New to the streaming stage in the early summer was HBO Max, a platform that hosts all of HBO’s original content archives, coupled with movies in the WarnerMedia library. Both HBO and WarnerMedia were acquired by AT&T (T) in its deal with Time Warner in 2018.
While current cable HBO subscribers can access HBO Max for free, it may attract more consumers who already cut the cord or never had cable. As an investment, AT&T is now a fairly diverse portfolio of telecoms and entertainment. By early July, AT&T was trading around $30, still far off its 2019 all-time high of $38.66. AT&T is also known for its higher-than-average dividend yield, at 6.8% currently, which stands out in such a low interest-rate environment.
Buying into streaming
Overall, it’s tough to invest directly in streaming platforms, with the exception of Netflix. However, investors can build up portions of their portfolio around tech, entertainment and telecoms to gain exposure to the streaming services.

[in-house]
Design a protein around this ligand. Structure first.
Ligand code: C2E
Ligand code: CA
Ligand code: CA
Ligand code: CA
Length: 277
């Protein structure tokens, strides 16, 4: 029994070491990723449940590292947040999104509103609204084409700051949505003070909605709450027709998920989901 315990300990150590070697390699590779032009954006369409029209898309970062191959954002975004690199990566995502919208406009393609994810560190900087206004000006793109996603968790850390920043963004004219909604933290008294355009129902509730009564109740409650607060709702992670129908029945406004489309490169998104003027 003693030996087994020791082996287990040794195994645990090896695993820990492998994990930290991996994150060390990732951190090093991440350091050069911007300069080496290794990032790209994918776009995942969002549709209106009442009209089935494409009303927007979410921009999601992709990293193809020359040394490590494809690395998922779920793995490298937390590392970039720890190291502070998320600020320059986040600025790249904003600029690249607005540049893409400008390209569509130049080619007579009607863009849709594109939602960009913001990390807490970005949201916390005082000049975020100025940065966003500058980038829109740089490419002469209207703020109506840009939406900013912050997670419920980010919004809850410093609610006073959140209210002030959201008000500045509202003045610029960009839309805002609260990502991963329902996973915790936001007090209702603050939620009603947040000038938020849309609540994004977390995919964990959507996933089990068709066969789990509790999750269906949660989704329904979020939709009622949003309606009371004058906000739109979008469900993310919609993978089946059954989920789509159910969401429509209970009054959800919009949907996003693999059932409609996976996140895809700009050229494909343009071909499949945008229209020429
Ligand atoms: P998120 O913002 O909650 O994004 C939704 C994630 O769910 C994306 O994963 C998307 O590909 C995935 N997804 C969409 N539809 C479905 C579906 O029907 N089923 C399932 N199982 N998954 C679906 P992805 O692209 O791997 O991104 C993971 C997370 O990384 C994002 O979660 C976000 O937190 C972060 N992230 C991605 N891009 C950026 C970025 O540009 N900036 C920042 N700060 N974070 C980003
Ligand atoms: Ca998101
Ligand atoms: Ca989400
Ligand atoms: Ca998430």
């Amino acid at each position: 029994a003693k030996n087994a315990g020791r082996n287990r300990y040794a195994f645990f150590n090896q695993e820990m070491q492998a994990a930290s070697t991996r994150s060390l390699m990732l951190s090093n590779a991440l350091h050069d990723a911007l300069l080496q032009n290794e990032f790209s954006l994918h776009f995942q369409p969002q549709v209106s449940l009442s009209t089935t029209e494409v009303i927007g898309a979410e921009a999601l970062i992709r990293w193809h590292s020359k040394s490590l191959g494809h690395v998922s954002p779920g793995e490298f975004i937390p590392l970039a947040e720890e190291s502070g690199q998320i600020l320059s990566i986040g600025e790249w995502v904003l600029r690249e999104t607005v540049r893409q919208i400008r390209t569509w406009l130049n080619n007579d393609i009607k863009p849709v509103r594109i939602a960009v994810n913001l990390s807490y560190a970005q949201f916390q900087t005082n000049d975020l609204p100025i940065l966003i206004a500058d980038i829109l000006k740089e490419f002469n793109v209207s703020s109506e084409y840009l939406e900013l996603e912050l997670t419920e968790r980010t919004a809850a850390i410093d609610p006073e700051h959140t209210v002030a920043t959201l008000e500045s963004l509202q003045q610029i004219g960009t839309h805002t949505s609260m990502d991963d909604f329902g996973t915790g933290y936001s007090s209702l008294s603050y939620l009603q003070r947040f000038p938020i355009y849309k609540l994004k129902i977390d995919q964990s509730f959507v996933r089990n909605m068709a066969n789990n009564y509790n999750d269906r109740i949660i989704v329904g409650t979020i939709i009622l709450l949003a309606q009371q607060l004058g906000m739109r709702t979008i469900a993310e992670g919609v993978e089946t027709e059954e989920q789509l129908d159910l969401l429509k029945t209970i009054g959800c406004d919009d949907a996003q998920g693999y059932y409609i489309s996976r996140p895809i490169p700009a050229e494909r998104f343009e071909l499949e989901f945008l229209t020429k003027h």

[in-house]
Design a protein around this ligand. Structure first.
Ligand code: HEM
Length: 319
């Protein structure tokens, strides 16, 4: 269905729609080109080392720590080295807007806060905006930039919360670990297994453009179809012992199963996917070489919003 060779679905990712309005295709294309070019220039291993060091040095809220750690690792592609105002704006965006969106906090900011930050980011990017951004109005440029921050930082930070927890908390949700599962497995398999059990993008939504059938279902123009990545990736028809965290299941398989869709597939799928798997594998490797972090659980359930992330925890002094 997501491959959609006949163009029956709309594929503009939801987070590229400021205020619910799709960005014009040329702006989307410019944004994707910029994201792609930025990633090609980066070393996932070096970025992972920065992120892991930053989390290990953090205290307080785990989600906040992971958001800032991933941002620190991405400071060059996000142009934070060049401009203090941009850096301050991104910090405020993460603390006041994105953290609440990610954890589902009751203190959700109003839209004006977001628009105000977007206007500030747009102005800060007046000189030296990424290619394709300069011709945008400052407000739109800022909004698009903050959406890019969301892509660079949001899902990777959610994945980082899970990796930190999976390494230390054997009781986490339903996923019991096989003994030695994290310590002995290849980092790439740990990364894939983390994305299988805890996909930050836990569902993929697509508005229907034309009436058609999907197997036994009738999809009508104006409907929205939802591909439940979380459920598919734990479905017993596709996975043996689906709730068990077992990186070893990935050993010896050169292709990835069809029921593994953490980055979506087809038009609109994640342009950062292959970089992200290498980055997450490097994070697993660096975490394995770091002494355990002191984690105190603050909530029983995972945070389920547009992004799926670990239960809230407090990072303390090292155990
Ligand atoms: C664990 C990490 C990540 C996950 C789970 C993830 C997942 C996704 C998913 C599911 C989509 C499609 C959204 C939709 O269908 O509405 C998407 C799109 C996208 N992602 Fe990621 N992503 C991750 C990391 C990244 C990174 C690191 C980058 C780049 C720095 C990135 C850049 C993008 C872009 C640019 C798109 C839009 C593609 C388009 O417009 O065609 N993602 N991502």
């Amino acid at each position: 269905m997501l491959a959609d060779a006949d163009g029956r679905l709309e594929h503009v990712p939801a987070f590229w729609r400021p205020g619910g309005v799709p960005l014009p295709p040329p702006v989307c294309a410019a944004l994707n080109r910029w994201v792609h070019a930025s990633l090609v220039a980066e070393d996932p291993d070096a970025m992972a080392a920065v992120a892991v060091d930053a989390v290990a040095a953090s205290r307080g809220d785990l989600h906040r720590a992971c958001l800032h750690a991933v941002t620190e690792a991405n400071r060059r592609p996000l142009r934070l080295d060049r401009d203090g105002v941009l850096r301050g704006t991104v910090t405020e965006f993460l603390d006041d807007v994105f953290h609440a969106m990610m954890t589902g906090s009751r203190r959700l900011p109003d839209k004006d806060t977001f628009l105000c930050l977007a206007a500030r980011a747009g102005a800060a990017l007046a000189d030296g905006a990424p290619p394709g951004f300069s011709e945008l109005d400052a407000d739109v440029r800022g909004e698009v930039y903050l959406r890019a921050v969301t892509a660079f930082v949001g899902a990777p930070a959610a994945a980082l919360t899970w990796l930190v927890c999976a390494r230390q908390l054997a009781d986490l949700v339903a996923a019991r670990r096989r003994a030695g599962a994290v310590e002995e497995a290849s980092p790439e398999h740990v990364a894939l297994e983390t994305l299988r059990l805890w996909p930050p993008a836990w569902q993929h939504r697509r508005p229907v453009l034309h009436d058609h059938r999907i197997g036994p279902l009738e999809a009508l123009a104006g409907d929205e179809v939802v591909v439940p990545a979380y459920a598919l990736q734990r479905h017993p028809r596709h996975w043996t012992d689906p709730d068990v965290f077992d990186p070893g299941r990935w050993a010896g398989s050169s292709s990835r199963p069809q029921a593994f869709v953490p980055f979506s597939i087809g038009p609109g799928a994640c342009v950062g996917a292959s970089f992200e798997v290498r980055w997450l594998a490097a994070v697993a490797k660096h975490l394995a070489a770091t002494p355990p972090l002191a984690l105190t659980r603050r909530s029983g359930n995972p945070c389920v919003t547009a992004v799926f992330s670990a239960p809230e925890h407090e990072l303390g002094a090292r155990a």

Investors looking to jump into Netflix may want to hold off until after an earnings announcement. A knee-jerk reaction that causes some selling activity could create a buy opportunity for patient investors.
For an all-around entertainment investment, Disney could provide some opportunity. The company’s revenue has been stable the last few quarters, despite the interruptions from COVID-19. When it’s again able to open parks and release record-breaking movies to theaters, its profits could continue to climb.
Regardless of how investors achieve portfolio exposure to streaming services, they should consider the impact, or lack of impact, that streaming has on the company’s bottom line and, as always, do their due diligence.
James Blakeway serves as CEO of Quiet Foundation, a data science-driven subsidiary of tastytrade that provides fee-free investment analysis services for self-directed investors. @jamesblakeway